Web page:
Opioids - an escape from meaninglessness


There was a nearly 30 percent jump in drug overdose deaths last year, 75 percent of which were opioid- related, according to the National Center for Health Statistics . And the death rate from an overdose of them has increased by almost 40 percent.

These alarming statistics are by far the worst for any country. But the US is not alone in its opioid crisis. Around the same time period, opioid use among teens in Israel skyrocketed, accompanied by a surge in visits to emotional help centers.

Around the world, the problem is not opioid use per se, but the sense of meaninglessness that drives young people and teenagers to try to escape from reality. Today, when people have everything they need in material terms, the question of the meaning of life is becoming more acute.

This applies not only to adolescents and young people, but also to their parents. In fact, the reason teenagers can't answer their own question about the meaning of life is partly because their parents don't know the answer themselves and are just as perplexed. Because parents cannot provide answers, children are left disappointed.

Opioid abuse is only one facet of the problem. People everywhere are unhappy, depressed, angry and frustrated. That is why many of them turn to extremes in search of meaning: religious fundamentalism, extreme sports, violence and substance abuse.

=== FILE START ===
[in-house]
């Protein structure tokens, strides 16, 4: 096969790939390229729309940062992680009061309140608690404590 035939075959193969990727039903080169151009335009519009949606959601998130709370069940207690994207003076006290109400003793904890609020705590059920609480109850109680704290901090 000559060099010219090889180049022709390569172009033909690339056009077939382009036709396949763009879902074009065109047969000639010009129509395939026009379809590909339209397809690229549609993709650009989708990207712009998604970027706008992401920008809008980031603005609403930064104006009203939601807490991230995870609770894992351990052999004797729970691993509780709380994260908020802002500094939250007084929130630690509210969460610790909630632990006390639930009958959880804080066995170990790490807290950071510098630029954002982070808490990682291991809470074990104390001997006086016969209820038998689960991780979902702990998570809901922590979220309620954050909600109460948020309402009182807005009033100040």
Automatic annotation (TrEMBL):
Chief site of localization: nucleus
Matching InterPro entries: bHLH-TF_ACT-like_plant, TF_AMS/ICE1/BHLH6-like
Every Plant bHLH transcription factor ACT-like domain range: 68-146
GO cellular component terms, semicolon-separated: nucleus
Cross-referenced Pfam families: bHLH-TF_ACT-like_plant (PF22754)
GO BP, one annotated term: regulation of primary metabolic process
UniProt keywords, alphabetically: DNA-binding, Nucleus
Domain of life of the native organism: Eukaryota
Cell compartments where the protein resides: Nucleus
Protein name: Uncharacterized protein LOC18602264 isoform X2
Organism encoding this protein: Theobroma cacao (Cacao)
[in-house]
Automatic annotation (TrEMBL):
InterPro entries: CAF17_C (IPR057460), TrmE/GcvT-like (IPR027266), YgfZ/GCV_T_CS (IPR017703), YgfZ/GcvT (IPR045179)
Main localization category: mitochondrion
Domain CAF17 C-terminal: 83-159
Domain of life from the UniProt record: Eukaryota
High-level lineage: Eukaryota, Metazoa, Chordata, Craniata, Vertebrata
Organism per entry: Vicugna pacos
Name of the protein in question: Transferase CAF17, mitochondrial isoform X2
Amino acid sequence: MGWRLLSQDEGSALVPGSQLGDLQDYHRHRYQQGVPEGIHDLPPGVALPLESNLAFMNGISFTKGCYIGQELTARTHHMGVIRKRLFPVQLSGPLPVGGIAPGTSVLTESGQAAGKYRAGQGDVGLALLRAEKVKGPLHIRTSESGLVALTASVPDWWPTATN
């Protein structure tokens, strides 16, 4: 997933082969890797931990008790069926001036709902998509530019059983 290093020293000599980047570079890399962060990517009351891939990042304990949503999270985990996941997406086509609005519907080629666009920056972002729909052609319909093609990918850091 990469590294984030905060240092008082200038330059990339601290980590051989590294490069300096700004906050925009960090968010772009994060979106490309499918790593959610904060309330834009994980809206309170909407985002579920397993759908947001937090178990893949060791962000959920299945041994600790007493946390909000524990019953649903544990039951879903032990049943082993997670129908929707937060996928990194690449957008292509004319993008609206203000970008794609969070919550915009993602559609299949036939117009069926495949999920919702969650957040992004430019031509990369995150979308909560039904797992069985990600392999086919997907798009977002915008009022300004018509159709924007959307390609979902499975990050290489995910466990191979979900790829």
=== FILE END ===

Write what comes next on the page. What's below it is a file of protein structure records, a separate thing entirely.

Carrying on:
Thus, the solution lies not in a particularistic approach to opioid overdose. It is better to build a comprehensive educational system that informs people about the changing reality and teaches them how to cope with it.


Education should begin in early childhood and continue into adulthood. It is necessary to organize social circles that provide people with social support, warmth, sympathy and empathy. The relationship with the group should be permanent and lifelong, providing people with a foundation to build on and grow from.

Gradually, people will begin to form new values. Instead of seeking meaning and satisfaction from self-centered goals, people will find meaning in relationships with others. Everyone will interact with a core group of friends who, in turn, will liaise with wider circles of support.

On the other side of postmodernism lies the new society , interconnected and supportive. But to get there, you have to squeeze through a narrow cavern where the light at the end of the tunnel is dim and unstable.

The pain that drives people to use opioids and other forms of escapism is the result of the pressure of moving from one world to another. On the one hand, the pleasures of the old world no longer bring the former joy to the suffering. On the other hand, they have not discovered the pleasure of reciprocating others. As a result, such people feel "locked in a cave" and are desperately looking for a way out.

But this is where the sign of change and growth can be seen: at the end of the tunnel is the light of an interconnected and caring society. If we break through and do not give up halfway, we will reach it quickly. If we delay, reality will push us through the cave until we find ourselves on the other side, bloody, wounded and beaten.


  1. Any hopeless state, this is the absence of the meaning of life, of course, people are needed who will tell, teach, support.

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